• sun also rises

    ESPN.com follow-up report suggests that the Lakers are interested in bringing VC on, as is Chicago. All I can say is: good luck to both. lol.

  • sun-arc

    @SAR: I don’t wish the Lakers any luck with anything…. ever. I know you are sending a sarcastic “good luck”, and I don’t believe in luck, but it still scares me to think of him turning his career around in LA. Personally, I hope he stays “half-man, half-interested” if he goes with them. Though I have nothing against Chicago, I’d still be pissed if he picked up his intensity after sucking last year so much.

    @Jacob: you are right that we aren’t likely to get Dwill, Dwight, or CP3. But OKC can’t hold onto everyone they have during next summer. Someone will get Harden, Westbrook, or one of their other FA’s. Hopefully it’ll be us. There will be a lot of trades going on this year and next summer will be interesting.

  • Lloyd I. Cadle

    A few thoughts on the Suns:

    * The team as presently constructed, is too talented to just throw in the towel this year and wait for 2012. Dallas, going into the playoffs last year was considered “too soft” to do anything in the playoffs, and look what happened? I’m not saying the Suns can win the title this year, but just make the playoffs, get hot, and who knows?

    * If “Dwill” is indeed a free agent, the Suns do have a real shot to sign him. They will have the money and the allure of a great area to live in (especially the warm weather during the NBA season). He also may be attracted to the Suns because they might have enough cap space to get two max players; Dwill and another player.

    * If Robin Lopez is indeed healthy and committed for a change, and he can play to the level of two years ago, the Suns will have a darn good front line. However, it remains to be seen if Lopez will be as commited to his NBA career as he is to his comic books. Time will tell.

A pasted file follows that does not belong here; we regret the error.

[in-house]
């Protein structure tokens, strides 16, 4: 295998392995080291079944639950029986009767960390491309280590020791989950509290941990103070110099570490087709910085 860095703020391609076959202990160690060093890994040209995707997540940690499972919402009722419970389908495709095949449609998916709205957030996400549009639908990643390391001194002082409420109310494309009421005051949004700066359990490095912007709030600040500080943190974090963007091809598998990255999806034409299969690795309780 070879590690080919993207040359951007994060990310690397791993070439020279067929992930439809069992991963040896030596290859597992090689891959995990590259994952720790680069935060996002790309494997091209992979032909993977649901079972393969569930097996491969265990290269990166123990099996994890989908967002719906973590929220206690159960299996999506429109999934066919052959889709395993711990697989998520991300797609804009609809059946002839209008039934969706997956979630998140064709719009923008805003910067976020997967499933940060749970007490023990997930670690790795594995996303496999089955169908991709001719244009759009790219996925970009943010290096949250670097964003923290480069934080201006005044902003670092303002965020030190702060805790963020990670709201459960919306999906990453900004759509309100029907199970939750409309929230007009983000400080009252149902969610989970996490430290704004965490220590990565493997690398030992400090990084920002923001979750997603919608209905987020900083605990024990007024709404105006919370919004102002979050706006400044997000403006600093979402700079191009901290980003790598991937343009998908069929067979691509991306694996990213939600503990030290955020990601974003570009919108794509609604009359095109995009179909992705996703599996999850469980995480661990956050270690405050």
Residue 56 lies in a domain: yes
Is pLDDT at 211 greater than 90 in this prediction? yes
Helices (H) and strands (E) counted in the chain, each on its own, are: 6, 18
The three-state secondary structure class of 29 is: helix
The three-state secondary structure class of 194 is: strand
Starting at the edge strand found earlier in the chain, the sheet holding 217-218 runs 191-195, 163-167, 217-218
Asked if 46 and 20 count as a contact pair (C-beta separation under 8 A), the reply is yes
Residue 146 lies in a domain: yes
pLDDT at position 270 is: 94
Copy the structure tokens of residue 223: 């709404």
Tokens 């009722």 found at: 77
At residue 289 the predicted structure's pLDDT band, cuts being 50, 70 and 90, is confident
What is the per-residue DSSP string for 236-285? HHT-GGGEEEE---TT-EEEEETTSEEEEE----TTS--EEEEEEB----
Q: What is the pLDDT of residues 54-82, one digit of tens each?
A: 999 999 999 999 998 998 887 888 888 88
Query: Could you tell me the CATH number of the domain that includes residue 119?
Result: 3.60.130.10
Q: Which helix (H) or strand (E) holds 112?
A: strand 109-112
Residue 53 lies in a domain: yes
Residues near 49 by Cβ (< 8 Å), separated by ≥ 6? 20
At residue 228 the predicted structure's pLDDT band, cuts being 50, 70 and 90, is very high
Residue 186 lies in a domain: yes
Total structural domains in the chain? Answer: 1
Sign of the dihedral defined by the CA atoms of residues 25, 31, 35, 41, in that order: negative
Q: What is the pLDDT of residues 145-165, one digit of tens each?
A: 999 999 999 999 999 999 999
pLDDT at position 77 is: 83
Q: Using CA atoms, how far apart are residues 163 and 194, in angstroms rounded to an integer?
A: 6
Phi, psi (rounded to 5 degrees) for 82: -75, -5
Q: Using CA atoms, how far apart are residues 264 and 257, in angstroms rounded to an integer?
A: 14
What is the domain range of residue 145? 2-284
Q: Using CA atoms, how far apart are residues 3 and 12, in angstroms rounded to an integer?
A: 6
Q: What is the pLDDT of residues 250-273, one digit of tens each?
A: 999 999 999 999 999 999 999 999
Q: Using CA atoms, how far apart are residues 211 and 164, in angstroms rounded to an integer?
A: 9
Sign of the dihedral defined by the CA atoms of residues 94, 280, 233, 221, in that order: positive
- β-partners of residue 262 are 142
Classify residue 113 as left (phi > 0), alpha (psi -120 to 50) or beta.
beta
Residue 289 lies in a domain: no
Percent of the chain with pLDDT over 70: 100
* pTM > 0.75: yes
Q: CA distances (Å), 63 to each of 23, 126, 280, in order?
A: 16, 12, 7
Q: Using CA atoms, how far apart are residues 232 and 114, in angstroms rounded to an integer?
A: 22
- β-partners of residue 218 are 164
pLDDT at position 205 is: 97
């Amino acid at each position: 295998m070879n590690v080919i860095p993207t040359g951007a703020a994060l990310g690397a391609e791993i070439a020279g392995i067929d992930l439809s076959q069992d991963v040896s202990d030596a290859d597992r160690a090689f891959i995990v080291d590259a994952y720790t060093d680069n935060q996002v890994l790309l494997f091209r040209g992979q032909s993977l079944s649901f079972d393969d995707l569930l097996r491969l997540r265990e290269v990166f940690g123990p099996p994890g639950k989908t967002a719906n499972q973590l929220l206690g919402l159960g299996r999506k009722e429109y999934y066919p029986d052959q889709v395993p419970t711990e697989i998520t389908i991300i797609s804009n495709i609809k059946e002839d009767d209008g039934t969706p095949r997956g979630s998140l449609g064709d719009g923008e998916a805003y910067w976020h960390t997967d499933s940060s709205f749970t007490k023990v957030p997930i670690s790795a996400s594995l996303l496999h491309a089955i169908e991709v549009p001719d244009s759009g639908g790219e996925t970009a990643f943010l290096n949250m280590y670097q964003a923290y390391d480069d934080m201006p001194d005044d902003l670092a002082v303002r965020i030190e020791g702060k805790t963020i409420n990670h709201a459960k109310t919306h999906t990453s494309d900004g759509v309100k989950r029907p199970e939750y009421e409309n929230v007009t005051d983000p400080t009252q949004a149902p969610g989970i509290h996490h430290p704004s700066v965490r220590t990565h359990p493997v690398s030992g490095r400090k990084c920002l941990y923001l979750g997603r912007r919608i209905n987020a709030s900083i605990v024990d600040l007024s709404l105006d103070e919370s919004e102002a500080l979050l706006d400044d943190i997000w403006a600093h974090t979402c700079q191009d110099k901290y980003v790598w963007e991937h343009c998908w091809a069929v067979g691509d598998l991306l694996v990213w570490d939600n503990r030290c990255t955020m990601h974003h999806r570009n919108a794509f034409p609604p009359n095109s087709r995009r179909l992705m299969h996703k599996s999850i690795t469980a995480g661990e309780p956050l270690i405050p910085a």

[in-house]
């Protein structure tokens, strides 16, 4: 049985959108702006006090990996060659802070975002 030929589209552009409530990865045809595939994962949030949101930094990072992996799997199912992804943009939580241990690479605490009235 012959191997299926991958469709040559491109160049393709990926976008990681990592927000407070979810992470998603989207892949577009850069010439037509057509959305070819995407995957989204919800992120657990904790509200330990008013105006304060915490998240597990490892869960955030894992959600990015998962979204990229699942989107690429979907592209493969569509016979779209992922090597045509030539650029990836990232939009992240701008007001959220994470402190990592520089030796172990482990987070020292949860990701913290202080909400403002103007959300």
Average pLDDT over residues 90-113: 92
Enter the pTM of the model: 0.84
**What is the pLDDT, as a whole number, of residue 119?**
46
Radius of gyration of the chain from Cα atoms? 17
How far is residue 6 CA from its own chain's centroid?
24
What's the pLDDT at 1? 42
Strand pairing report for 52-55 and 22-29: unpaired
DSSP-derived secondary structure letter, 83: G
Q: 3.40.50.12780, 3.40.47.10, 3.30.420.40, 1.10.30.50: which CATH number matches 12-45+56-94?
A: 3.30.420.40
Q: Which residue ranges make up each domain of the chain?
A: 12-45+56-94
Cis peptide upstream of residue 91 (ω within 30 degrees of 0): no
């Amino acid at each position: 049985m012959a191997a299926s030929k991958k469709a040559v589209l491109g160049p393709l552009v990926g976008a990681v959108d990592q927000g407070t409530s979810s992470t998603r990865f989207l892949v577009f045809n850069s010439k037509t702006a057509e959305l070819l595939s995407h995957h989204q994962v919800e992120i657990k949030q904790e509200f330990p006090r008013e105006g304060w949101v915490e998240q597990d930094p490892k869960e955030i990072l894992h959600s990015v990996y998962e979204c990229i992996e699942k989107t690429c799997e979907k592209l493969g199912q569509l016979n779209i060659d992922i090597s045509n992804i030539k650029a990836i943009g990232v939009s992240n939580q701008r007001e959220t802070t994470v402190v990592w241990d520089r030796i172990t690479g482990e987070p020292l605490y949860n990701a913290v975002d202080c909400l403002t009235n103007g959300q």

* If the Suns can be a playoff contender this year it will at least give Suns fans some pleasure while we wait for 2012, which may be the launching pad for a new era for Suns baskketball.

    * Steve Nash seems a little happier with the chance to at least play with some returning players for a change, rather than a yearly gutting of the roster that Sarver usually hands to him.

    * Yes, I would like to see the Suns deal Nash for a young player or a top pick, but, for the above referenced reasons I don’t see the Suns going in that direction. (Plus, Sarver would be looking at poor ticket sales for this season.)

  • Scott

    Nash for Rondo? Word is he’s being “aggresively shopped”.

  • steve

    Nash for Rondo straight-up doesn’t really provide a whole lot of benefit to us.

    Rondo is one of the most overrated players in the NBA from a statistical standpoint. He gets credit as being a top 5 PG, but he doesn’t do much to show that he is. Here are some stats pulled from last year:

    PER: 17.1
    TS%: 51.8
    EFG%: 49.4
    ORtg: 104
    WS/48: 0.126

    That’s MAYBE top 10 PG stuff right there (not even close to top 5), but it’s definitely not wow material. He is exceptional in two different categories-assists and steals. Nash is better with assists. So, are we really going to pay even money for a guy who isn’t even near the offensive power that Nash is for improved defense at the PG spot?

    I’m all for defense, don’t get me wrong. I think the Suns need to improve their defensive mentality if they’re ever going to get anywhere in the NBA. It’s just that you’d be surrendering a ton of points by subbing Nash for Rondo, and I think the the PG spot is arguably the least important position on the court, defensively.

  • Tony

    I just do not understand why anyone would trust the ‘Three Stooges’ to pull off a great free agency period next year? People, elite players don’t just go to a team because it can offer them max-dollars! Sure, that’s part of it, but since usually other teams are also offering them max dollars, something other than money has to attract them to a particular team. In most cases, that other thing is winning a championship. If Paul, Howard, or D-Williams was interested in playing for a mediocre team, they simply would stay with their respective teams, where in addition they would be paid more money because of the CBA rules. It just makes no sense to believe any top-tier player will be signed by the Suns in 2012.